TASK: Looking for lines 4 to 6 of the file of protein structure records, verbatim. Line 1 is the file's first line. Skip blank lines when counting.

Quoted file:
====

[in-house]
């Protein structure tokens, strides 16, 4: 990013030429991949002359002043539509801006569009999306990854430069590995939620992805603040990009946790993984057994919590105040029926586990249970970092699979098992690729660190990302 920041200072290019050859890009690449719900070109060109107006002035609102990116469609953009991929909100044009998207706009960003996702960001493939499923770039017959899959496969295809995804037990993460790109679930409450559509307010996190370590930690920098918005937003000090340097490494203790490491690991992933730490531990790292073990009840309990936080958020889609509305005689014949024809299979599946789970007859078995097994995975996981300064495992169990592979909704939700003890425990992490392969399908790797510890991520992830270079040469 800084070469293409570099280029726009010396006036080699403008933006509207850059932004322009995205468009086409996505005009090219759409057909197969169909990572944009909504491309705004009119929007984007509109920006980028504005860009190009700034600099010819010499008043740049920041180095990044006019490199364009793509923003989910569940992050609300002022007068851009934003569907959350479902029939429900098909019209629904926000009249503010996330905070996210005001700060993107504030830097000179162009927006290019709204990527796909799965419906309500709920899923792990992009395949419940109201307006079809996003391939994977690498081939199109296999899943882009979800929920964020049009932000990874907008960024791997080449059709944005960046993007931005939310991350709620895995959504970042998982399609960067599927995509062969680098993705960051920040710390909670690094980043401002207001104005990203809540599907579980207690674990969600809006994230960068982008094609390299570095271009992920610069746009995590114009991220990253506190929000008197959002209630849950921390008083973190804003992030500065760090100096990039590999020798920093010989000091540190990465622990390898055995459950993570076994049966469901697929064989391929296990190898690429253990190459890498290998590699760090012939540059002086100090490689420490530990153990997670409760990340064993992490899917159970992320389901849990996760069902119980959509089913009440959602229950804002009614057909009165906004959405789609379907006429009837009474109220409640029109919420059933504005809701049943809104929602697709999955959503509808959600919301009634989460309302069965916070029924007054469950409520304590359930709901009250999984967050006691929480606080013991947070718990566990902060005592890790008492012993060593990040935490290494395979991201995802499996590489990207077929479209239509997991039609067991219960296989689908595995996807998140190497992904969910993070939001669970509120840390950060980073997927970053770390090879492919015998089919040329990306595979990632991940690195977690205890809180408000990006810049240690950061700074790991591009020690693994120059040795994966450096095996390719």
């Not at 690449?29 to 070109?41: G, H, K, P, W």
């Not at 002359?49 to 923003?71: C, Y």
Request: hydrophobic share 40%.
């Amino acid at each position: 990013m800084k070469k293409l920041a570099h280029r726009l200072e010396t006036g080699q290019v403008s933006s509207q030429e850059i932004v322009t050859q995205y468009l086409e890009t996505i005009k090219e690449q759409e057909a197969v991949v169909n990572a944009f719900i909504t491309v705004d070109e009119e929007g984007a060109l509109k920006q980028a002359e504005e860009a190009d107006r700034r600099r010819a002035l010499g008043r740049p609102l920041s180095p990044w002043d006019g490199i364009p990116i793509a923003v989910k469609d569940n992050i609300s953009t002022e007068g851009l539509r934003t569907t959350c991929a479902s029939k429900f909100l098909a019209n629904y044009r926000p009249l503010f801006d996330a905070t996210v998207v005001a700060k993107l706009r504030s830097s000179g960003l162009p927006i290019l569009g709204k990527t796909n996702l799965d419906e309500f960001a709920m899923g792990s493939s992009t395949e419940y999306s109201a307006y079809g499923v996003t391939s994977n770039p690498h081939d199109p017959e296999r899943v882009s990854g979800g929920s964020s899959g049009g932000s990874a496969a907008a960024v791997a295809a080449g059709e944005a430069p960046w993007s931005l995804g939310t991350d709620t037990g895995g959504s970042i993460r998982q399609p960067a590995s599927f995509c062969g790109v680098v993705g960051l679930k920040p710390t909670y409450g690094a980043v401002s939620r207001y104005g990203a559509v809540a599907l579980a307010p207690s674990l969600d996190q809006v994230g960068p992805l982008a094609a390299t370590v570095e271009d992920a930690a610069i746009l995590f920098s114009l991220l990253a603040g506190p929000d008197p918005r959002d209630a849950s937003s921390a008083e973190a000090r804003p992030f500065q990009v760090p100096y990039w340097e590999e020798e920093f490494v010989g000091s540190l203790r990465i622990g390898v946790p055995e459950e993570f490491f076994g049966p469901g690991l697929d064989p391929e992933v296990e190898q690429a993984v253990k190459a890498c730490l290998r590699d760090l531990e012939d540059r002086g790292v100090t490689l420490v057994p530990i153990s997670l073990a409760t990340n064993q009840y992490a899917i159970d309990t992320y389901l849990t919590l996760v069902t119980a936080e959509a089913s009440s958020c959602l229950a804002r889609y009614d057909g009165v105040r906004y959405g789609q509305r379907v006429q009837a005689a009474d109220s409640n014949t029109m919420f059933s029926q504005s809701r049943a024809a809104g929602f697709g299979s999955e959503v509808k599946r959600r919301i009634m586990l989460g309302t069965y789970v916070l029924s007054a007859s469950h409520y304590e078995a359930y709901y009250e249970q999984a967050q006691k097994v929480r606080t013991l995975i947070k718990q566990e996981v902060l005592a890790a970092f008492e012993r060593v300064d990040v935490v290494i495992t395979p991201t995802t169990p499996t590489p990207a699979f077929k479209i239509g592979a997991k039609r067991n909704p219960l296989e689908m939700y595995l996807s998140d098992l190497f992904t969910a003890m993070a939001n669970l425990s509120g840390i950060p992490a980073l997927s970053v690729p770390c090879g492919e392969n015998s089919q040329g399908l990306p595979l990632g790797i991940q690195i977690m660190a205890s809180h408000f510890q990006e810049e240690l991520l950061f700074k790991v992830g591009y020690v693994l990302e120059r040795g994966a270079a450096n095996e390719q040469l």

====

């Not at 002359?49 to 923003?71: C, Y």
Request: hydrophobic share 40%.
């Amino acid at each position: 990013m800084k070469k293409l920041a570099h280029r726009l200072e010396t006036g080699q290019v403008s933006s509207q030429e850059i932004v322009t050859q995205y468009l086409e890009t996505i005009k090219e690449q759409e057909a197969v991949v169909n990572a944009f719900i909504t491309v705004d070109e009119e929007g984007a060109l509109k920006q980028a002359e504005e860009a190009d107006r700034r600099r010819a002035l010499g008043r740049p609102l920041s180095p990044w002043d006019g490199i364009p990116i793509a923003v989910k469609d569940n992050i609300s953009t002022e007068g851009l539509r934003t569907t959350c991929a479902s029939k429900f909100l098909a019209n629904y044009r926000p009249l503010f801006d996330a905070t996210v998207v005001a700060k993107l706009r504030s830097s000179g960003l162009p927006i290019l569009g709204k990527t796909n996702l799965d419906e309500f960001a709920m899923g792990s493939s992009t395949e419940y999306s109201a307006y079809g499923v996003t391939s994977n770039p690498h081939d199109p017959e296999r899943v882009s990854g979800g929920s964020s899959g049009g932000s990874a496969a907008a960024v791997a295809a080449g059709e944005a430069p960046w993007s931005l995804g939310t991350d709620t037990g895995g959504s970042i993460r998982q399609p960067a590995s599927f995509c062969g790109v680098v993705g960051l679930k920040p710390t909670y409450g690094a980043v401002s939620r207001y104005g990203a559509v809540a599907l579980a307010p207690s674990l969600d996190q809006v994230g960068p992805l982008a094609a390299t370590v570095e271009d992920a930690a610069i746009l995590f920098s114009l991220l990253a603040g506190p929000d008197p918005r959002d209630a849950s937003s921390a008083e973190a000090r804003p992030f500065q990009v760090p100096y990039w340097e590999e020798e920093f490494v010989g000091s540190l203790r990465i622990g390898v946790p055995e459950e993570f490491f076994g049966p469901g690991l697929d064989p391929e992933v296990e190898q690429a993984v253990k190459a890498c730490l290998r590699d760090l531990e012939d540059r002086g790292v100090t490689l420490v057994p530990i153990s997670l073990a409760t990340n064993q009840y992490a899917i159970d309990t992320y389901l849990t919590l996760v069902t119980a936080e959509a089913s009440s958020c959602l229950a804002r889609y009614d057909g009165v105040r906004y959405g789609q509305r379907v006429q009837a005689a009474d109220s409640n014949t029109m919420f059933s029926q504005s809701r049943a024809a809104g929602f697709g299979s999955e959503v509808k599946r959600r919301i009634m586990l989460g309302t069965y789970v916070l029924s007054a007859s469950h409520y304590e078995a359930y709901y009250e249970q999984a967050q006691k097994v929480r606080t013991l995975i947070k718990q566990e996981v902060l005592a890790a970092f008492e012993r060593v300064d990040v935490v290494i495992t395979p991201t995802t169990p499996t590489p990207a699979f077929k479209i239509g592979a997991k039609r067991n909704p219960l296989e689908m939700y595995l996807s998140d098992l190497f992904t969910a003890m993070a939001n669970l425990s509120g840390i950060p992490a980073l997927s970053v690729p770390c090879g492919e392969n015998s089919q040329g399908l990306p595979l990632g790797i991940q690195i977690m660190a205890s809180h408000f510890q990006e810049e240690l991520l950061f700074k790991v992830g591009y020690v693994l990302e120059r040795g994966a270079a450096n095996e390719q040469l």